In book forward, Michael Cohen claims president 'wouldn't mind if I was dead'
The book, which Cohen wrote from a prison in New York, is being trotted out ahead of the November 3 election
The Facts Inside Our Reporter’s Notebook
In the recently released forward of Michael Cohen's forthcoming tell-all memoir, "Disloyal: The True Story of the Former Personal Attorney to President Donald J. Trump," Cohen promises readers that he will reveal details about the president that no one "apart from his wife and children" know.
Cohen's memoir, which will be released on September 8 by Skyhorse Publishing, is being sold by the publishing house as "a story that you haven't read in newspapers, or on social media, or watched on television."
The publishing company, which has a history of taking on manuscripts by contentious public figures -- most recently, "Apropos of Nothing," Woody Allen's memoir, which was dropped by Hachette Book Group this past spring -- believes Cohen's book will offer "accounts that only someone who worked for Trump around the clock for a decade ... could know."
In the forward, which Cohen titled "The Real Real Donald Trump," he writes that the president would likely prefer if he were dead. "The President of the United States wanted me dead," begins the chapter. "Or, let me say it the way Donald Trump would: He wouldn't mind if I was dead."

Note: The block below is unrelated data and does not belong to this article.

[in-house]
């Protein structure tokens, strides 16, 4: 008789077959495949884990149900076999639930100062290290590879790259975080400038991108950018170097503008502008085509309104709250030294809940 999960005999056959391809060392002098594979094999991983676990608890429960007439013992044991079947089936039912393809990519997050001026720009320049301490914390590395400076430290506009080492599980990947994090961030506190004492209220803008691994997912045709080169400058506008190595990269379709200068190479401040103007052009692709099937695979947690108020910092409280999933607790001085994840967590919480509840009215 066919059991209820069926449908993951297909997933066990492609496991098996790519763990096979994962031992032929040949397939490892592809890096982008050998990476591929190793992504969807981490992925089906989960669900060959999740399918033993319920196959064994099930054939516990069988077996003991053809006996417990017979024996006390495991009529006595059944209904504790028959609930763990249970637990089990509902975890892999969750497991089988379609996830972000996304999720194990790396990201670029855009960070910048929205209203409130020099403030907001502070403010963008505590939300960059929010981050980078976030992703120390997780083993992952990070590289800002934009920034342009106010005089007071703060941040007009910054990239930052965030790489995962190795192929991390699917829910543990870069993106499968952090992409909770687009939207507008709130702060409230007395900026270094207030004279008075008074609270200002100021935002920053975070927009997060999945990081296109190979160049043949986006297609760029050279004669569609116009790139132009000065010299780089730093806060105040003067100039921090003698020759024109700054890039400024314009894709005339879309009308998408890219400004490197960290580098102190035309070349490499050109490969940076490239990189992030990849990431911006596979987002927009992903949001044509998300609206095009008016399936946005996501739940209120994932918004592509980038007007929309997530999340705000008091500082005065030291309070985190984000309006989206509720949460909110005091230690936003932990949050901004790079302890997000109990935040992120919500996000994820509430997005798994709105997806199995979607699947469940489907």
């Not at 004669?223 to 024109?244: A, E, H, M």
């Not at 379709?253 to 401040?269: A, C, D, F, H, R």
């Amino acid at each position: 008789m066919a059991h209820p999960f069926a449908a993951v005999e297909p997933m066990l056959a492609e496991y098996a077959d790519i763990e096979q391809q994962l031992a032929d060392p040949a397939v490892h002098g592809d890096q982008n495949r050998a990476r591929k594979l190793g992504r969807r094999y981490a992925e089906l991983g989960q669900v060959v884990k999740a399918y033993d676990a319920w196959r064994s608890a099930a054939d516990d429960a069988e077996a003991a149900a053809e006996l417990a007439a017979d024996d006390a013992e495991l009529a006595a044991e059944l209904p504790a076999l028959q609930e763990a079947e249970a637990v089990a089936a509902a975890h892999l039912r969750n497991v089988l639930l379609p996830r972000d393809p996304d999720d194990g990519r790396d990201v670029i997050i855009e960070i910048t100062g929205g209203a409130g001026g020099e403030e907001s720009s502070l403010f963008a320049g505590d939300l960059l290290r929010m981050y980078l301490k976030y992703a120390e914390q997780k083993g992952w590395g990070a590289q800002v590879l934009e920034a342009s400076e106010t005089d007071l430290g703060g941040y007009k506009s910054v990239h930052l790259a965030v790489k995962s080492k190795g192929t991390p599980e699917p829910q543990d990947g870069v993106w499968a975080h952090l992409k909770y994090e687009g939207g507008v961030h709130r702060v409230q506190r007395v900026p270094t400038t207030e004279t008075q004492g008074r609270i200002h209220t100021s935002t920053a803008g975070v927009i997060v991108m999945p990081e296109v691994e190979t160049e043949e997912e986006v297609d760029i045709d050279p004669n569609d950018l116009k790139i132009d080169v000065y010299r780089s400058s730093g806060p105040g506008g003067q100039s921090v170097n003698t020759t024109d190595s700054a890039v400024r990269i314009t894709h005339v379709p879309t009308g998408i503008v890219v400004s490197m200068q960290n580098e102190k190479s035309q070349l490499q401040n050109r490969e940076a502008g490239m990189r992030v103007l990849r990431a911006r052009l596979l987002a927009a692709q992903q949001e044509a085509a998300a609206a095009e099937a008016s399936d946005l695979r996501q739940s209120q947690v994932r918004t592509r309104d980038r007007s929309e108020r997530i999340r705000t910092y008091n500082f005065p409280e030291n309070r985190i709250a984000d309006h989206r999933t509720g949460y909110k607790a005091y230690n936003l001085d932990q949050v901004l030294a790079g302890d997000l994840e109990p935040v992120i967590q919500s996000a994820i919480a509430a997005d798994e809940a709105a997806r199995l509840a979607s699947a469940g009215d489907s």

Cohen describes the forthcoming text, which appears to have been written from prison, as "a book the President of the United States does not want you to read."
In early 2019, Cohen decided to testify against his former boss to Congress, making him persona-non-grata in circles close to the president. "I was exactly the person Trump was talking about when he said he could shoot and kill someone on 5th Avenue and get away with it," writes Cohen.
Cohen has served just over a year of a three year prison sentence for violations of campaign finance law and lying to Congress. He was released from prison in May as fears over the pandemic ramped up, but was sent back in July after making known his plans to publish "Disloyal." A deal was arranged between his attorney and the U.S. government, which dropped its attempt to stop the book from coming to market.